everybody was full of dreams. working hard to stock goods and do business. but few customers came in. our efforts were in vein. >> reporter: couldn't afford to pay the maintenance fee. she had to close her shop again. now she works on a temporary basis at various stores but says she can hardly make ends meet. >> translator: lenders are in a crisis. we might lose control of our property. city officials should admit their plan was a mistake and come up with a solution. >> reporter: managing the stream is a challenge, too. every day 120,000 tons of water has to be diverted to the stream using electric pumps. that costs about $6.5 million per year. the history of the stream
parallels the development. now city officials are under pressure to take action again so everyone can enjoy its charm. nhk world, seoul. south korea's i.t. industries compete with the best in the planet. its pop culture has millions of followers around the world but the country has a tense relationship with its northern neighbor. we give you insights into what is happening across the peninsula here on "newsline." it's time for a check of the weather. people in western japan are dealing with heavy rainfall this monday morning and it seems the rain is heading towards tokyo. meteorologist robert speta has the latest. >> as we go through the next 24 hours all this precipitation that is coming in across the western areas of japan it is pushing towards the northeast. so right now you have this cloud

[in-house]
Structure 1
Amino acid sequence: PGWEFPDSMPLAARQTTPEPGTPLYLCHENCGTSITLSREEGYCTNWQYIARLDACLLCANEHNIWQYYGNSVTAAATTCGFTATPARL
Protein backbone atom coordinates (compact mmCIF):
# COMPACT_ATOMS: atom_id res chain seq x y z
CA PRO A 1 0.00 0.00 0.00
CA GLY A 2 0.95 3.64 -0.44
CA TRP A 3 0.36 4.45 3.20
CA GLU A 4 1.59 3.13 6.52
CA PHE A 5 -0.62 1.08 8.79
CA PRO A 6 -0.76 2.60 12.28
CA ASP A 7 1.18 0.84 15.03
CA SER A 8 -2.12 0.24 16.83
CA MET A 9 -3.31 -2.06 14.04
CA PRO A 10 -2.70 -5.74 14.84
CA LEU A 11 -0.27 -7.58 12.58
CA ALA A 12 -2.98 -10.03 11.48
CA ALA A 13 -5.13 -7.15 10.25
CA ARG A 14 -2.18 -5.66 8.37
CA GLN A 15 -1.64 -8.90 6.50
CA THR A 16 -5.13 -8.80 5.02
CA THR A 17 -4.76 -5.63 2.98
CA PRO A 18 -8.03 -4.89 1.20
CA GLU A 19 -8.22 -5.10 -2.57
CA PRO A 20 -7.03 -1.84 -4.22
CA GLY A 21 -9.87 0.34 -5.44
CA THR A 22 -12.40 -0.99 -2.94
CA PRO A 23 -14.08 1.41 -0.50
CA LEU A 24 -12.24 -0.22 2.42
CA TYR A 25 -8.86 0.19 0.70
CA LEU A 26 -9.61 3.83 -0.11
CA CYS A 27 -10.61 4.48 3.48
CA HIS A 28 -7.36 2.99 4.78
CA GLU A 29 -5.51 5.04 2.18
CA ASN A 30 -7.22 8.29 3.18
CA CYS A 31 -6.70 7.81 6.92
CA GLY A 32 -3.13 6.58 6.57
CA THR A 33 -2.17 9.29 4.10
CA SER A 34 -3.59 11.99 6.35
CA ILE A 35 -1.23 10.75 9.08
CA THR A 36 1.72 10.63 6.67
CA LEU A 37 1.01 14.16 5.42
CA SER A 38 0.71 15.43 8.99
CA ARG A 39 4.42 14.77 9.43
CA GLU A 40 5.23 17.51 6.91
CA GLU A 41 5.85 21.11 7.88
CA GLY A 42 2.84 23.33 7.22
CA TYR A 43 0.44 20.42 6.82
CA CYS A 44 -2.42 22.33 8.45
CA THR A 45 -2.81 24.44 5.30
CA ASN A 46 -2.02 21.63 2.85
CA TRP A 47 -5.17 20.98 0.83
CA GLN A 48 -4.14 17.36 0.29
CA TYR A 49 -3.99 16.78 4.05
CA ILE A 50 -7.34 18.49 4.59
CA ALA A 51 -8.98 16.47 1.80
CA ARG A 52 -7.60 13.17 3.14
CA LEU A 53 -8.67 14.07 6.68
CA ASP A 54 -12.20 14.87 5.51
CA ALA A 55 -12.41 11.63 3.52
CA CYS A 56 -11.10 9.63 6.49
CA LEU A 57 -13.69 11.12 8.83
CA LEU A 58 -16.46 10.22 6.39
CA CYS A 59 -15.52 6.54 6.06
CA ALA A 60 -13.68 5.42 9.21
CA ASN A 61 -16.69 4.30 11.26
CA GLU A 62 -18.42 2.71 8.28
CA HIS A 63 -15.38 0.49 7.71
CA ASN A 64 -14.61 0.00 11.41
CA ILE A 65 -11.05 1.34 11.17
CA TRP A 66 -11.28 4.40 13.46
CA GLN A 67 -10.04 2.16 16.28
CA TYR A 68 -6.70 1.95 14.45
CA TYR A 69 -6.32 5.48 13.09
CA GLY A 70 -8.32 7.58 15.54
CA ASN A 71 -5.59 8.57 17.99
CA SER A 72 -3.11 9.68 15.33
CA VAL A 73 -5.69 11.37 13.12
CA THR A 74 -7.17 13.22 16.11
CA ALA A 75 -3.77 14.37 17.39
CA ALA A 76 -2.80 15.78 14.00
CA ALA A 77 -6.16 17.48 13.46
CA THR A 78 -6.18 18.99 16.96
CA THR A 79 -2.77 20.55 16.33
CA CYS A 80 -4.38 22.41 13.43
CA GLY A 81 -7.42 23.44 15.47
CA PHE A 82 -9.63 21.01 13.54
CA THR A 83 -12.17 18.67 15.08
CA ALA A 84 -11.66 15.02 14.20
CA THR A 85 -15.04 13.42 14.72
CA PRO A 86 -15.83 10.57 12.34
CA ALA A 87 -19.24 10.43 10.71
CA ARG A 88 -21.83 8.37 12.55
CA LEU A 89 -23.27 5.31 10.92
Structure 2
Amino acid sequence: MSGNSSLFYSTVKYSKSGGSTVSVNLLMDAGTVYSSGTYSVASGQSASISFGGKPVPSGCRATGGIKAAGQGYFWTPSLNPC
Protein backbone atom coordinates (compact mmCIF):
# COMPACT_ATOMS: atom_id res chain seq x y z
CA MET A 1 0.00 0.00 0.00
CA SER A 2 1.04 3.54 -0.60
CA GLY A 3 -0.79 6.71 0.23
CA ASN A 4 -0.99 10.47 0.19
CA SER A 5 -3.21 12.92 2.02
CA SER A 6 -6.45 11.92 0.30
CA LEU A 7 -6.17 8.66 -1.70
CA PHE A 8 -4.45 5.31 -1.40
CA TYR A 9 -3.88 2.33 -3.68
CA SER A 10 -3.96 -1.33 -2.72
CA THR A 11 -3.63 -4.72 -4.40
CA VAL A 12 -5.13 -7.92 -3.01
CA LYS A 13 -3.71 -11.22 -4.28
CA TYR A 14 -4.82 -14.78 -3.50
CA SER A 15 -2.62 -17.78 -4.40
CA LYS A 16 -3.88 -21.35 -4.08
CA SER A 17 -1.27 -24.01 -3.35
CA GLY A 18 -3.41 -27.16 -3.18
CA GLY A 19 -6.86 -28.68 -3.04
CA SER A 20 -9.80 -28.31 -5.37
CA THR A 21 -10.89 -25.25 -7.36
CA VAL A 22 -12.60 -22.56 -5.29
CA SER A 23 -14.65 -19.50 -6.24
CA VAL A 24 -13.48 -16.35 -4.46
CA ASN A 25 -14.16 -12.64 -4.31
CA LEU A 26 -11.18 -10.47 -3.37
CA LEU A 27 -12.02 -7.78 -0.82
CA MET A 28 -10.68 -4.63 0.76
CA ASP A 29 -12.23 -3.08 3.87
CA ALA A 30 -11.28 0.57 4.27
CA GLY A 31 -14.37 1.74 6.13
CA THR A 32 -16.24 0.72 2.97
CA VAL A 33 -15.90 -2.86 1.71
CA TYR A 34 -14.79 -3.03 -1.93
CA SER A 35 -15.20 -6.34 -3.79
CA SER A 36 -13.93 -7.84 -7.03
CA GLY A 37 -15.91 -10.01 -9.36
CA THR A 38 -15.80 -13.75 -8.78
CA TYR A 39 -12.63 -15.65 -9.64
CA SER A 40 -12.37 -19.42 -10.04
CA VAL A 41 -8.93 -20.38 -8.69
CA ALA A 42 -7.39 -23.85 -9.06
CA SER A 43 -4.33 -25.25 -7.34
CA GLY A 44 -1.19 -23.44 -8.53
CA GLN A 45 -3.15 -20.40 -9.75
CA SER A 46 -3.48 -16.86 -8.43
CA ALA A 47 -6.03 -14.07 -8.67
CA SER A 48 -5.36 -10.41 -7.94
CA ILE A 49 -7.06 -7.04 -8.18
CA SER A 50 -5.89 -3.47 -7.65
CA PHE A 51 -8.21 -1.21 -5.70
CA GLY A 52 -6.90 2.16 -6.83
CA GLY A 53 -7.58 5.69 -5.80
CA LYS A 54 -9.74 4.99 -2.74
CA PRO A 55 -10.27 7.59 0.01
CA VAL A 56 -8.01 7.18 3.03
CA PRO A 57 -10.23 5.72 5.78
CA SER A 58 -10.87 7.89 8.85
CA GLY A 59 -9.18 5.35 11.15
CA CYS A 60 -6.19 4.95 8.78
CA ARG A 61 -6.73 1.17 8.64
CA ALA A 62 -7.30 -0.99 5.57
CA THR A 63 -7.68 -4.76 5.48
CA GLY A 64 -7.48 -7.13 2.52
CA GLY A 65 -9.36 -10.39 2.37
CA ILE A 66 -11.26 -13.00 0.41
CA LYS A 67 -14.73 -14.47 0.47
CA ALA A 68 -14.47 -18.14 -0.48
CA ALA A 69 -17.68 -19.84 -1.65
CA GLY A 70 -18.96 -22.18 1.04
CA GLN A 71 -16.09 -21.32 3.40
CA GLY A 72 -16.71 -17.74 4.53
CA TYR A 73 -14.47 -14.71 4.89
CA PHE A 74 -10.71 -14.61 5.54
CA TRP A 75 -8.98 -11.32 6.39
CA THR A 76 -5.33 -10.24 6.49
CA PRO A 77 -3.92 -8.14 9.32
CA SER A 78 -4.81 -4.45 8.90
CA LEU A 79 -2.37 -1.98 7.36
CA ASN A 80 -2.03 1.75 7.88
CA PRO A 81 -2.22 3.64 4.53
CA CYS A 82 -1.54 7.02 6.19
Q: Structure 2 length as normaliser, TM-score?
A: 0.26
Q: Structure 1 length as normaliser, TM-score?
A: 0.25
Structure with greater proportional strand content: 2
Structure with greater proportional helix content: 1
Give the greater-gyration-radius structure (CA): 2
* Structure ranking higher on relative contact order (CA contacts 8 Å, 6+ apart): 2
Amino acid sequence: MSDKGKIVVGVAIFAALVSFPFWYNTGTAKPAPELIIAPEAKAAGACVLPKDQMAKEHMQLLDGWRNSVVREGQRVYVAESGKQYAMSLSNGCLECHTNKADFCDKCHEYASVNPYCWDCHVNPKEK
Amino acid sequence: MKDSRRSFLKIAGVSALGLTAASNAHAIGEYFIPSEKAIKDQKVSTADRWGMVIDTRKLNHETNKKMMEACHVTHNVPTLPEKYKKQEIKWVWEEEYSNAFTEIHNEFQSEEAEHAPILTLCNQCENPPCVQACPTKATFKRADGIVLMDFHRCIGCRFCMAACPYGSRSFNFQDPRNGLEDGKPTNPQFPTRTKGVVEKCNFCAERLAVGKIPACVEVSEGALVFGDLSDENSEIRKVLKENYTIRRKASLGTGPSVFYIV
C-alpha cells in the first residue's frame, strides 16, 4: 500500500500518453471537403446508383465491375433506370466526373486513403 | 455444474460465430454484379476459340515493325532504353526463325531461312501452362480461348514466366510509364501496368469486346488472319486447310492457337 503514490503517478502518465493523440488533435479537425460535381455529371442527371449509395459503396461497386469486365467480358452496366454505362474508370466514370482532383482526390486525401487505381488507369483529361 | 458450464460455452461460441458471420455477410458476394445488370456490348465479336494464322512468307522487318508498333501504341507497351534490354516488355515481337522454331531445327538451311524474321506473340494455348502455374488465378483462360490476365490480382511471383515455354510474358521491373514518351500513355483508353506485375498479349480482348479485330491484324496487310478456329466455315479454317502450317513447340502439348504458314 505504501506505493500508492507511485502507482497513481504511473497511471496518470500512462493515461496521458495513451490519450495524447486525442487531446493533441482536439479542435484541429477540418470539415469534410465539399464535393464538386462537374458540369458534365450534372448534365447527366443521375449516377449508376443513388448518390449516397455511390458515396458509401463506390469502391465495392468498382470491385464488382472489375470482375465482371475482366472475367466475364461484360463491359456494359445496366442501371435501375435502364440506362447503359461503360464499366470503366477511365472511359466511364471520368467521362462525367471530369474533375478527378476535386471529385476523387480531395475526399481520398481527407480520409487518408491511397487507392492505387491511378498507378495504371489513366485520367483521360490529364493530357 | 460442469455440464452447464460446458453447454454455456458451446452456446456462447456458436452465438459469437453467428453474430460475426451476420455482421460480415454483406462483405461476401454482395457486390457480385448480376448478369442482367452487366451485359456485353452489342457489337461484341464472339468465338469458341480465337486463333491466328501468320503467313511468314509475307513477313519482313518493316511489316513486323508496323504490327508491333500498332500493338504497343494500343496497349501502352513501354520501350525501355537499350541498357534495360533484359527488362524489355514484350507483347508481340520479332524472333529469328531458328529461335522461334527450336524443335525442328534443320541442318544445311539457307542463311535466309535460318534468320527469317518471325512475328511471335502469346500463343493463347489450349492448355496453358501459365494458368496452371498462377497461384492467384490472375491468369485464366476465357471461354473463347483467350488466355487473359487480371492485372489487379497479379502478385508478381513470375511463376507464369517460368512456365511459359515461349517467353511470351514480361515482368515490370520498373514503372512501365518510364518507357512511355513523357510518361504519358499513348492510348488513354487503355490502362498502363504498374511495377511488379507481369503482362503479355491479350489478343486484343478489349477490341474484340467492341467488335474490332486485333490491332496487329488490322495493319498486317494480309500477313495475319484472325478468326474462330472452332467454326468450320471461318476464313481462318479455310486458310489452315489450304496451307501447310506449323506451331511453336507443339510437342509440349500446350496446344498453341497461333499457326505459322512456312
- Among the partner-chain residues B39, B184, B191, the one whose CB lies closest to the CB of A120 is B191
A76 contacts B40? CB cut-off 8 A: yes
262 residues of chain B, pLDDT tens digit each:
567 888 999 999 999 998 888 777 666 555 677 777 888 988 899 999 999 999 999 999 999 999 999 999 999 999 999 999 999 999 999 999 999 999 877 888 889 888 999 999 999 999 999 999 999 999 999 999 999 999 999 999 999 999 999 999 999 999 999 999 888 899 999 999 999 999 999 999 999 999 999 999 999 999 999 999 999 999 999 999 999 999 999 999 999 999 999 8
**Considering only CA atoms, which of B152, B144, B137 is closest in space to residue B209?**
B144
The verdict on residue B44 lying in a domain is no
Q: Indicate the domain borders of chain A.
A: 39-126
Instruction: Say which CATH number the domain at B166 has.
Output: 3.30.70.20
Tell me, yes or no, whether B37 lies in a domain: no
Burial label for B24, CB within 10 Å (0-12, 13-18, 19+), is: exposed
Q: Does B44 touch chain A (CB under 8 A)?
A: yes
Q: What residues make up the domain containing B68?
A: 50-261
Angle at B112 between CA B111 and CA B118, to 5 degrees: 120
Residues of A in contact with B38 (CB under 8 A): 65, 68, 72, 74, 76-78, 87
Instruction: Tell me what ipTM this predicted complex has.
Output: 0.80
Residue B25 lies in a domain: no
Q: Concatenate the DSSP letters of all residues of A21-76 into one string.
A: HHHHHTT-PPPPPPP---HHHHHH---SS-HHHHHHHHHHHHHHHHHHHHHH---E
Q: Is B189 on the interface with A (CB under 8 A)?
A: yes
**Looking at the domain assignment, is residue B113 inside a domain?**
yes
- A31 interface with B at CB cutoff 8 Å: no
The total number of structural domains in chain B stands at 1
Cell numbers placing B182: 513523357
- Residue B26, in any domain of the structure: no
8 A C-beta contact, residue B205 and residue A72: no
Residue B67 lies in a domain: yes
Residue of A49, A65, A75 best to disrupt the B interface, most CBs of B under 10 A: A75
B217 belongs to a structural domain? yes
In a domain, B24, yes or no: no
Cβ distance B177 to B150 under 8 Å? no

cover over head and in tokyo it does look like decent weather here. as we go ahead into the afternoon and evening hours most of this heavy precipitation will start to work its way towards the northeast. in the past 24 hours since tuesday afternoon we did see upwards of 140 millimeters reported here in one area in just a three-hour span over 100 millimeters reported in the same location. that is really interesting to us that some of the showers have the short time heavy rains with the thunderstorms. as we go out into the evening hours tokyo, as well. we are looking at the heavy showers moving through. by thursday morning's commute you are going to be wanting to have an umbrella with you at the least. hopefully this is out of there by lunch time as high pressure starts to work its way from the north. the high keeping things on the cold side there in northeastern china. seeing areas in the white. snow flakes expected in parts of